Gas chromatography in the quantitative measurement of the classical estrogens and some newer metabolites
Chattoraj, Sati Charan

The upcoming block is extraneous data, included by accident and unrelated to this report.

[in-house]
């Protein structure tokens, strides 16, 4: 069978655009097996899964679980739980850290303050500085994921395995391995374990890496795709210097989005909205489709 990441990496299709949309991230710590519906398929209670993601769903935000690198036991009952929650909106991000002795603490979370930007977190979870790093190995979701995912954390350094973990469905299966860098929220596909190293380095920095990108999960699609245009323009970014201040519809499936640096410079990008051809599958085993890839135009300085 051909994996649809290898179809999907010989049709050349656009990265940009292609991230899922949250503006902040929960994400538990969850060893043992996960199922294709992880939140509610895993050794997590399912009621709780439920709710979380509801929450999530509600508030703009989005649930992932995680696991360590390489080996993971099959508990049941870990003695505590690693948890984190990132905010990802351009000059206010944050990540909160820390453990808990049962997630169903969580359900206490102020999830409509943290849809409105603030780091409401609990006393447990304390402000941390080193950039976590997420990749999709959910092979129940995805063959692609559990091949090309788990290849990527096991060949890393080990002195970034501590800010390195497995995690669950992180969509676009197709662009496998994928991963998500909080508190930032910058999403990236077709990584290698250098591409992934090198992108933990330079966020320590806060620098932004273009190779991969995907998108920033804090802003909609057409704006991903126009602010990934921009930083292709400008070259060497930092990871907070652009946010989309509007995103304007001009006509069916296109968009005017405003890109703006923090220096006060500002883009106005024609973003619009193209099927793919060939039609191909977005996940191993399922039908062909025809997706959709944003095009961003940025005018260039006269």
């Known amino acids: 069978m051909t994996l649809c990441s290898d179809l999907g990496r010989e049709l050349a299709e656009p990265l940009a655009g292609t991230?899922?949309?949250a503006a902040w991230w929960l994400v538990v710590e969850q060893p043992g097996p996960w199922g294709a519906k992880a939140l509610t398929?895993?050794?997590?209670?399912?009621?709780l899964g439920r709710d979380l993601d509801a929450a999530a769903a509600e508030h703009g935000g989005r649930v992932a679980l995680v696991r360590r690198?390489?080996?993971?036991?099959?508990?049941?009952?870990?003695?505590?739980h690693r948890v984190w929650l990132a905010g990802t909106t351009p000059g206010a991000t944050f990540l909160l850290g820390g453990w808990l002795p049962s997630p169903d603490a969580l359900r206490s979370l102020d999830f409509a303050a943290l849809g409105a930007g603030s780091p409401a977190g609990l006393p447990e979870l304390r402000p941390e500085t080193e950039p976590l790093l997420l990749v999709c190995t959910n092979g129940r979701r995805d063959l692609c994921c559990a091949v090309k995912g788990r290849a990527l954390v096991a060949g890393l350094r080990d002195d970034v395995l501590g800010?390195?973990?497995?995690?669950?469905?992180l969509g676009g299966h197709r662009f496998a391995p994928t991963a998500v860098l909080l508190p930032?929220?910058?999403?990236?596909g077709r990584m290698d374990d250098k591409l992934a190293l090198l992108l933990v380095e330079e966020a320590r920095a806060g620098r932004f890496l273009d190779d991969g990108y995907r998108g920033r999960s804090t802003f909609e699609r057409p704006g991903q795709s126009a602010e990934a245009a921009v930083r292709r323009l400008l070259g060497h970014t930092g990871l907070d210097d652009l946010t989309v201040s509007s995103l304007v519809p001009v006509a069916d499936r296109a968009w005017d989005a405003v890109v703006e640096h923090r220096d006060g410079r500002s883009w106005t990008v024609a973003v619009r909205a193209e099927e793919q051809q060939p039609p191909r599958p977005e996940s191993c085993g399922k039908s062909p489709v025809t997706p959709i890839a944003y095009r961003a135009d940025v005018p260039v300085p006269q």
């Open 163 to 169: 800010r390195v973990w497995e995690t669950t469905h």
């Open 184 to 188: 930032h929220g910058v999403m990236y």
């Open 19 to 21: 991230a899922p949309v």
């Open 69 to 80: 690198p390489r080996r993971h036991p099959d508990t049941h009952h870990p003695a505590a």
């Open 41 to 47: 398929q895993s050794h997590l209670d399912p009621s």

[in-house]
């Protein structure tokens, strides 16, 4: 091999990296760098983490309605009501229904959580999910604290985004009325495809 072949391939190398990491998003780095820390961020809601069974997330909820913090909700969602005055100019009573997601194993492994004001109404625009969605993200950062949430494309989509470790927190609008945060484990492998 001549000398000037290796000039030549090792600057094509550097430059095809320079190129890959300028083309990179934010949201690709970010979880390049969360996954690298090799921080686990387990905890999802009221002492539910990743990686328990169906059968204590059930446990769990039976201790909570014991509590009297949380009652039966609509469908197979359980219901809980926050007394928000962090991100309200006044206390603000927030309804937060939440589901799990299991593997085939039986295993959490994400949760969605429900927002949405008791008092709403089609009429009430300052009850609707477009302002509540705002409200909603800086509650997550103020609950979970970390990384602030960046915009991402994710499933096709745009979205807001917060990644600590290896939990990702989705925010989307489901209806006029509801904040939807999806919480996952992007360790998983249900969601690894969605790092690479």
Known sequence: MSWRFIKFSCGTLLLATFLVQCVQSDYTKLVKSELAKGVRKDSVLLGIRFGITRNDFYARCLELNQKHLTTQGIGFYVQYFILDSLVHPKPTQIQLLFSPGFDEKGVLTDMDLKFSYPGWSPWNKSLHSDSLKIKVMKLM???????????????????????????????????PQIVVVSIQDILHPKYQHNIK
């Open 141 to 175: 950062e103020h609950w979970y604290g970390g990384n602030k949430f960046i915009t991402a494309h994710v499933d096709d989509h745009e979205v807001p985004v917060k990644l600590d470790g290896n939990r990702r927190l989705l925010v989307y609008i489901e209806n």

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The recent discovery of a number of metabolites of estrogens has necessitated the development of new methods for their analysis. The available methods of proven merit fall short of determining these newer fractions. Moreover, these methods are too time consuming to determine the daily excretion of estrogenic steroids. The development of a relatively rapid and highly sensitive methodfor the estimation of several estrogens was, therefore, undertaken. The procedure involves hydrolysis, extraction, preliminary purification and separation, acetylation and gas chromatography of the steroids. Simultaneous separation and quantification by gas-liquid chromatography (GLC) not only allows a more rapid analysis but sensitivity is also increased by the use of ionization detectors. Determination of the optimal flow rate of hydrogen, air and carrier gas was found necessary for obtaining maximum detection response. Detector linearity for seven estrogens over an adequate range was established. Since free estrogens suffer severe adsorption on the gas chromatographic column and generally do not separate well, the steroids were analyzed as suitable derivatives. After examining several such derivatives (acetates, formate, trifluoroacetate, trimethylsilyl ethers) the acetates were found to be most suitable for the specific purpose. Optimal conditions for the acetylation of steroids in submicrogram quantities were established. The effect of the solid support, stationary phase, priming of the column with estrogens and solvent impurity in quantitative analysis by gas chromatography was also investigated. Preliminary separation of estrogens into separate groups was necessary because of poor resolution and long retention times resulting in poor detector response. Moreover, in a crude urine extract, the large number of contaminants obscuring the peaks of the lesser estrogen components, mandated preliminary purification. Thin-layer chromatography crtc) was found to be a versatile tool for this purpose. Among several solvent systems developed, three were found to be eminently suitable. TLC in System I (benzene:ethyl acetate 1:1) separates the estrogens into four fractions: (a) estrone and 2-methoxyestrone, (b) ring-D-alpha-ketols and estradiol, (c) 16-epiestriol, and (d) estriol. Further TLC of fraction (b) in System II (pet. ether:dichloromethane:ethanol 10:9:1) was found necessary to separate these estrogens from the neutral 17-ketosteroid. An alternate method of preliminary purification and separation for the measurement of the three classical estrogens in low titer urine, involving alumina chromatography, has been developed. Following these preliminary procedures GLC permitted rapid separation and highly sensitive quantification of the individual fractions [TRUNCATED]
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